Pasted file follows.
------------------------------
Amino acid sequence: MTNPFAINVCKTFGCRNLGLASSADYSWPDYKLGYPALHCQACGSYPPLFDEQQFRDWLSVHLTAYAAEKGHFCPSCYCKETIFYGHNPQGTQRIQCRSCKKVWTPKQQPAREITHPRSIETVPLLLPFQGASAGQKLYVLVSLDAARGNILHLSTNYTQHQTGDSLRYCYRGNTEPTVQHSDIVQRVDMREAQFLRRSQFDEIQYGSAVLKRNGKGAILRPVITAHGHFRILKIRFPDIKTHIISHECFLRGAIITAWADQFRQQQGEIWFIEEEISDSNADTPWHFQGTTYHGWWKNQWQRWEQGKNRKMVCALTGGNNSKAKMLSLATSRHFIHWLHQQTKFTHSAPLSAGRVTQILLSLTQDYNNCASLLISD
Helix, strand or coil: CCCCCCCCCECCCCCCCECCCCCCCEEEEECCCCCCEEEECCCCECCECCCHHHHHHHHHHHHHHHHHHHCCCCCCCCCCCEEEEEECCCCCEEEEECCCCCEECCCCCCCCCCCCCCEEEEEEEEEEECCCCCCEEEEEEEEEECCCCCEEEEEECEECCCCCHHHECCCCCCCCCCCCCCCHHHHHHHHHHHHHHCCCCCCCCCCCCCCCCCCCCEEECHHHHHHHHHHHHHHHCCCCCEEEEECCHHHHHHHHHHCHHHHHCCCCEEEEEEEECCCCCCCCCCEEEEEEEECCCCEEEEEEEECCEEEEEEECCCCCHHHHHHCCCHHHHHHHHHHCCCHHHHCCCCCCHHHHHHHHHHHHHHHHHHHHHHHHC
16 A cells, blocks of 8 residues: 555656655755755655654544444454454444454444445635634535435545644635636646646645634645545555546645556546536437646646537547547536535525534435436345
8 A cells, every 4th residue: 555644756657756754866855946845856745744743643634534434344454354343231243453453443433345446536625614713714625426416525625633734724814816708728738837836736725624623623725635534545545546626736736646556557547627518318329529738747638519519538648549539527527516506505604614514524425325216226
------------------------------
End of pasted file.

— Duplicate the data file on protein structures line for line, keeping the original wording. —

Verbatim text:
Amino acid sequence: MTNPFAINVCKTFGCRNLGLASSADYSWPDYKLGYPALHCQACGSYPPLFDEQQFRDWLSVHLTAYAAEKGHFCPSCYCKETIFYGHNPQGTQRIQCRSCKKVWTPKQQPAREITHPRSIETVPLLLPFQGASAGQKLYVLVSLDAARGNILHLSTNYTQHQTGDSLRYCYRGNTEPTVQHSDIVQRVDMREAQFLRRSQFDEIQYGSAVLKRNGKGAILRPVITAHGHFRILKIRFPDIKTHIISHECFLRGAIITAWADQFRQQQGEIWFIEEEISDSNADTPWHFQGTTYHGWWKNQWQRWEQGKNRKMVCALTGGNNSKAKMLSLATSRHFIHWLHQQTKFTHSAPLSAGRVTQILLSLTQDYNNCASLLISD
Helix, strand or coil: CCCCCCCCCECCCCCCCECCCCCCCEEEEECCCCCCEEEECCCCECCECCCHHHHHHHHHHHHHHHHHHHCCCCCCCCCCCEEEEEECCCCCEEEEECCCCCEECCCCCCCCCCCCCCEEEEEEEEEEECCCCCCEEEEEEEEEECCCCCEEEEEECEECCCCCHHHECCCCCCCCCCCCCCCHHHHHHHHHHHHHHCCCCCCCCCCCCCCCCCCCCEEECHHHHHHHHHHHHHHHCCCCCEEEEECCHHHHHHHHHHCHHHHHCCCCEEEEEEEECCCCCCCCCCEEEEEEEECCCCEEEEEEEECCEEEEEEECCCCCHHHHHHCCCHHHHHHHHHHCCCHHHHCCCCCCHHHHHHHHHHHHHHHHHHHHHHHHC
16 A cells, blocks of 8 residues: 555656655755755655654544444454454444454444445635634535435545644635636646646645634645545555546645556546536437646646537547547536535525534435436345
8 A cells, every 4th residue: 555644756657756754866855946845856745744743643634534434344454354343231243453453443433345446536625614713714625426416525625633734724814816708728738837836736725624623623725635534545545546626736736646556557547627518318329529738747638519519538648549539527527516506505604614514524425325216226